There are several categories of living circumstances for which the cost of attendance figures will vary. The two main categories are 1) students—dependent or independent—who have no dependents and physically live with their parents and, 2) independent and dependent students, not living with their parents. Other possible COA budgets include dependent students living “on campus” (when an institution provides contracted housing and/or meals) and students who live in housing located on a military base for which a basic allowance is provided. If your institution is one that has “on campus” living opportunities, it means the school itself would already have the figures applicable to the cost of housing and/or meals that it contracts with the student to provide. For military personnel that receive a basic allowance for housing, the indirect costs in the COA budget would include an amount for board (food), but not room (rent/mortgage). A more detailed explanation of the determination of the COA is available in the Federal Student Aid Handbook as well as in the National Association of Student Financial Aid Administrators’ (NASFAA) Monograph Number 24, “Developing the Cost of Attendance” (NASFAA membership is required to access the Monograph.)
For FAME clients, the determination of the figures to use for the COA comes through information shared in partnership. Those clients utilizing our servicing and/or software provide FAME with the amounts of its tuition, fees, and costs for books and supplies. Then, unless the school has determined its own indirect cost components, FAME provides the indirect cost of living components based upon the College Board’s published annual figures. However, effective January 1, 2016, schools will have different options available. A client school may choose the option of providing the indirect cost of living components of a student’s COA based upon a survey that they have conducted of their students’ actual local expenditures. An alternative choice being implemented is that a school may elect to utilize the indirect cost components FAME obtains from the College Board’s regional figures. The regional figures are based upon a specific metropolitan statistical area (MSA) where your school is located. The MSAs are defined by the U.S. Office of Management and Budget (OMB). The regional figures for the 2015-2016 award year are available for schools to view on the College Board’s Web site at https://professionals.collegeboard.com/higher-ed/financial-aid/living-expense/9-month. These new COA (budget) determination options will be effective (and required) for our clients for all students processed on or after January 1, 2016. The chosen COA option will be indicated using a selection in a drop-down box in the software. (More detailed instructions for clients will be provided in a future software release announcement.)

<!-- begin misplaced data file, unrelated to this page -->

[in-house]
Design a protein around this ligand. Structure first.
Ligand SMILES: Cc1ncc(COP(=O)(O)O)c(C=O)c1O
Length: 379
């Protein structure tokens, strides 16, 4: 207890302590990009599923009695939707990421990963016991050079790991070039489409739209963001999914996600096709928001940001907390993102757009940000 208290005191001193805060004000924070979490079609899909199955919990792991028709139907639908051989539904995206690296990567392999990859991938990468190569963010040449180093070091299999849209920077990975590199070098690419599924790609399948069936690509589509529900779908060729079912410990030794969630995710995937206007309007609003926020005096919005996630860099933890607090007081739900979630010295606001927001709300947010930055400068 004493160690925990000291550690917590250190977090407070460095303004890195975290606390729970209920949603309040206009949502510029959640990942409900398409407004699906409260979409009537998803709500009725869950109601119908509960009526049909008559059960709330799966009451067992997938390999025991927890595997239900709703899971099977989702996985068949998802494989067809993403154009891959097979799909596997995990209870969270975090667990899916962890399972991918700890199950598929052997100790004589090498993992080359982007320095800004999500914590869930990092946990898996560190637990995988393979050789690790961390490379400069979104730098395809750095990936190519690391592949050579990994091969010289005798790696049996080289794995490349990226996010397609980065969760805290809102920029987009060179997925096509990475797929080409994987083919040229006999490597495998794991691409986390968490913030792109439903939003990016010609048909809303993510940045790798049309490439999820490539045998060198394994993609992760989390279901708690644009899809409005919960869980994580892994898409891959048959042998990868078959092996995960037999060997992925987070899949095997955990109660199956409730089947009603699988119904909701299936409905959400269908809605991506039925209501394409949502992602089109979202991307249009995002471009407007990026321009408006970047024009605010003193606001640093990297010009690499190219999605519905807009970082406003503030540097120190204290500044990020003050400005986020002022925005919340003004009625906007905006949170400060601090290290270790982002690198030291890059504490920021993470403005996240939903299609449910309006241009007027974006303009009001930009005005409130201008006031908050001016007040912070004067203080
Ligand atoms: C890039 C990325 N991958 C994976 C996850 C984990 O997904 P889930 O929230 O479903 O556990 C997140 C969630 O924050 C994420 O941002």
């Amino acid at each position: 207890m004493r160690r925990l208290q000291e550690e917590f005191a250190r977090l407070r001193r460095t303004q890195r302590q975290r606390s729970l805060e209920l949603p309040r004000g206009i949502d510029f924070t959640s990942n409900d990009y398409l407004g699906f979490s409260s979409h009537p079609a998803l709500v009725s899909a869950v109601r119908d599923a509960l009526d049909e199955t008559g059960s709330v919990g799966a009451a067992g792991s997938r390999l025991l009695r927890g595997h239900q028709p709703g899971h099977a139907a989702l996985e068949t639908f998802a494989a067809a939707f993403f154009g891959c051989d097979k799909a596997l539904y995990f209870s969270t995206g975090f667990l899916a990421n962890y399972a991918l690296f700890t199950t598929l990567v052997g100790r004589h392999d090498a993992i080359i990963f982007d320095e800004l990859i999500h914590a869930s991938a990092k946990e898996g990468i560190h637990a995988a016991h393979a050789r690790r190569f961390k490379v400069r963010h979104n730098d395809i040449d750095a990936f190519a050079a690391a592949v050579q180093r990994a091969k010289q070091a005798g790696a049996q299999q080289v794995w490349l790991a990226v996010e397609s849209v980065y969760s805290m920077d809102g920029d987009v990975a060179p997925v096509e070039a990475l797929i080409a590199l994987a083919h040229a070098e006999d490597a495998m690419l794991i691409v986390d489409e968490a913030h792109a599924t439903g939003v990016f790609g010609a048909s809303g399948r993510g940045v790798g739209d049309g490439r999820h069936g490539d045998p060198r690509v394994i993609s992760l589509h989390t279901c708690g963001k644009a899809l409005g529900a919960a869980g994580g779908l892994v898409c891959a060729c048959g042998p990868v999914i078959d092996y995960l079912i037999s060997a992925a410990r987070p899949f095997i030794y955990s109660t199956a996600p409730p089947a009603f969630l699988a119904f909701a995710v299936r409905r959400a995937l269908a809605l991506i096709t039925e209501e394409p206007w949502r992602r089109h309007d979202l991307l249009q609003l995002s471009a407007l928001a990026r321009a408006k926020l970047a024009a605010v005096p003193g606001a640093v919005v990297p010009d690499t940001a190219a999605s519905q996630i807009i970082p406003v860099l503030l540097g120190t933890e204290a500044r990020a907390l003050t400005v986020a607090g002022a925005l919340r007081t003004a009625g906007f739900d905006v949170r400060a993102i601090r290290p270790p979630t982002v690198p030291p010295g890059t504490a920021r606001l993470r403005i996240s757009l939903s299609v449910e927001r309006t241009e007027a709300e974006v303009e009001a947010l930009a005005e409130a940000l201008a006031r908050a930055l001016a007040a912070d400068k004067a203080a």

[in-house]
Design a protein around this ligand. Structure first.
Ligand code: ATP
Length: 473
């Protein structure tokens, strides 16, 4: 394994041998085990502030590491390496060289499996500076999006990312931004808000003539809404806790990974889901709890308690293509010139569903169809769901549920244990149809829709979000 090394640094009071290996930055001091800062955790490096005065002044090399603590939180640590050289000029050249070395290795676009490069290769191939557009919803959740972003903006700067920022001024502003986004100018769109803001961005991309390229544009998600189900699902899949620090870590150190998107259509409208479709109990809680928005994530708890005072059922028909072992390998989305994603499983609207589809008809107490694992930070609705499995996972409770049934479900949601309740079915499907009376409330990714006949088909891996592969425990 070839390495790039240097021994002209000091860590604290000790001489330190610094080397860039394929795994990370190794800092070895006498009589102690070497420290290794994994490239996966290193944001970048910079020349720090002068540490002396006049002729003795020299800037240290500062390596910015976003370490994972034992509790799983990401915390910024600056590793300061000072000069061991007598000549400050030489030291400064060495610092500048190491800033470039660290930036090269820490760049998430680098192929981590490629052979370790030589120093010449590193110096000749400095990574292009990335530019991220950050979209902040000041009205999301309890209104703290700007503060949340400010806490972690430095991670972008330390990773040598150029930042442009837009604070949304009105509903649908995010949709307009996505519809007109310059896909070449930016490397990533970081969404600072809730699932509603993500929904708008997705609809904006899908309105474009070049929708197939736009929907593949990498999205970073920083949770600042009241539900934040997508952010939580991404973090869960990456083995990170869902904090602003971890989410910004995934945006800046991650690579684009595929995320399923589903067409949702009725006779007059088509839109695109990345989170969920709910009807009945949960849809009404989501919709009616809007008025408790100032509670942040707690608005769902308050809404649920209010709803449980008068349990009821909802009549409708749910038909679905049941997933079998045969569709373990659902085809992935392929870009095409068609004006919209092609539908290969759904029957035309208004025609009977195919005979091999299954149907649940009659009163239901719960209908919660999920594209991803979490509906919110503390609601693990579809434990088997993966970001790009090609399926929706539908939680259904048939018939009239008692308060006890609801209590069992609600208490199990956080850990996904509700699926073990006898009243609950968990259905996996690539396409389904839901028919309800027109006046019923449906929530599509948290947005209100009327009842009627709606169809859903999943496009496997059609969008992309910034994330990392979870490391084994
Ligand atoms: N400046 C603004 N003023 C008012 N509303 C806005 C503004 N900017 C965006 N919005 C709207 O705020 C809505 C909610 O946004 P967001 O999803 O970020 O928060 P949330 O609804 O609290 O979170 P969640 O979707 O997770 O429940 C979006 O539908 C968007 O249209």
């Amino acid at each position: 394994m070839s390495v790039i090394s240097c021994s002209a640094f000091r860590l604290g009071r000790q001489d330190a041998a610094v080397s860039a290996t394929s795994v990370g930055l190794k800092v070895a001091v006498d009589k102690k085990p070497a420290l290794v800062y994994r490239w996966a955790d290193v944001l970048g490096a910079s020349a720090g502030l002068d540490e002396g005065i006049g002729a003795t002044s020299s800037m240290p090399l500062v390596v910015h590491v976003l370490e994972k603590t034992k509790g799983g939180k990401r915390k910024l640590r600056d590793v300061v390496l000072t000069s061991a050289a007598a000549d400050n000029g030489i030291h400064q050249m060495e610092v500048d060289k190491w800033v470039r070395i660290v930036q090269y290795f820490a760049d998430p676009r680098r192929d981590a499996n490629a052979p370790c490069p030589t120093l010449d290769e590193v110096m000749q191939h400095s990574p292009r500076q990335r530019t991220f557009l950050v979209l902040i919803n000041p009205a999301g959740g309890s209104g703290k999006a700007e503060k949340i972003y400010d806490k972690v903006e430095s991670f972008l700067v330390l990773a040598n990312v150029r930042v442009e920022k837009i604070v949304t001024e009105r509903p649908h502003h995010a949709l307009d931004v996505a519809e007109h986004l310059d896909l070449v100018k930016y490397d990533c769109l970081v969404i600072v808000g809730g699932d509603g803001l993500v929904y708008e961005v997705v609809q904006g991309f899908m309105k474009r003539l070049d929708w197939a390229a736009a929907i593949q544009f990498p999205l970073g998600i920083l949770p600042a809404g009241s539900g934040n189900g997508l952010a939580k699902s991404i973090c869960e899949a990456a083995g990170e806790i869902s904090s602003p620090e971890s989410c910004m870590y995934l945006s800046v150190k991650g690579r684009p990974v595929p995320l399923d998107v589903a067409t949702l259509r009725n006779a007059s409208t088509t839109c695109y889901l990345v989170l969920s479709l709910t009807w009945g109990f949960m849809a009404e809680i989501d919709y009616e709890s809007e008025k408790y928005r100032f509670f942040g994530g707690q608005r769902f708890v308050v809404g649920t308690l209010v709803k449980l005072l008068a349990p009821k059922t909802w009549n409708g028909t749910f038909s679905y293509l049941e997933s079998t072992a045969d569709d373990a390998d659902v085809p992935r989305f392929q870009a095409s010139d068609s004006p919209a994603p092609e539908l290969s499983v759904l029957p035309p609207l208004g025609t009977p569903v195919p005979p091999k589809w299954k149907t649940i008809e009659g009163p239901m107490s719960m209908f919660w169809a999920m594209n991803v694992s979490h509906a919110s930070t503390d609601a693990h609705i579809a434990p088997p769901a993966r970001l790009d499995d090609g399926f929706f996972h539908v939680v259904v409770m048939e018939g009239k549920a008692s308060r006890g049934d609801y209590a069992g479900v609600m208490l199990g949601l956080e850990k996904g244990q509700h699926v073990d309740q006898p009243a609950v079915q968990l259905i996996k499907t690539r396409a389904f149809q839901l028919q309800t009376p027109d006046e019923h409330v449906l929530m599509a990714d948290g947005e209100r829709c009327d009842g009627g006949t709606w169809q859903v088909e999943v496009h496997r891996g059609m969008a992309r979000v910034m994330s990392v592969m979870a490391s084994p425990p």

Those schools who anticipate using the figures based upon their students’ actual local expenditures should begin surveying their students now to be ready for the January 2016 implementation. The survey should be for their current term or period of enrollment. The period for which a student is asked to report their expenditures should be based upon a weekly expenditure pattern (preferred), or a monthly basis. The survey that you may give to your students to complete should consist of at least the following basic categories:
- food costs (up to an amount to provide a nutritionally adequate diet)
- transportation (to and from campus; and/or whether use of public transportation is available)
- laundry and cleaning
- personal hygiene and grooming
Some institutions may choose to greatly expand the scope and specificity of their survey data elements for use for other financial literacy-type purposes, e.g., workshops on financial management, budgeting, debt management, etc. The method of conducting an institutional survey of students’ expenditures is the choice of the school. Certain schools may utilize such tools as SurveyMonkey®, SurveyGizmo, or SoGoSurveyor, etc., to develop their survey instrument. Other schools may elect to develop their own survey within their own Web portal. Supported by actual data from the institution’s own students allows a school to detail specific amounts to include for its students in the indirect components of the COA.
An accurate description and dissemination of the total components of a student’s COA are basic to answering his or her question about how much it costs to go to school. And, accurately collecting, and using, the COA data elements defined in the law is crucial to the compliant and appropriate funding of students as they pursue their educational goals.
This material is presented for informational and educational purposes only and should not be considered to be giving legal advice.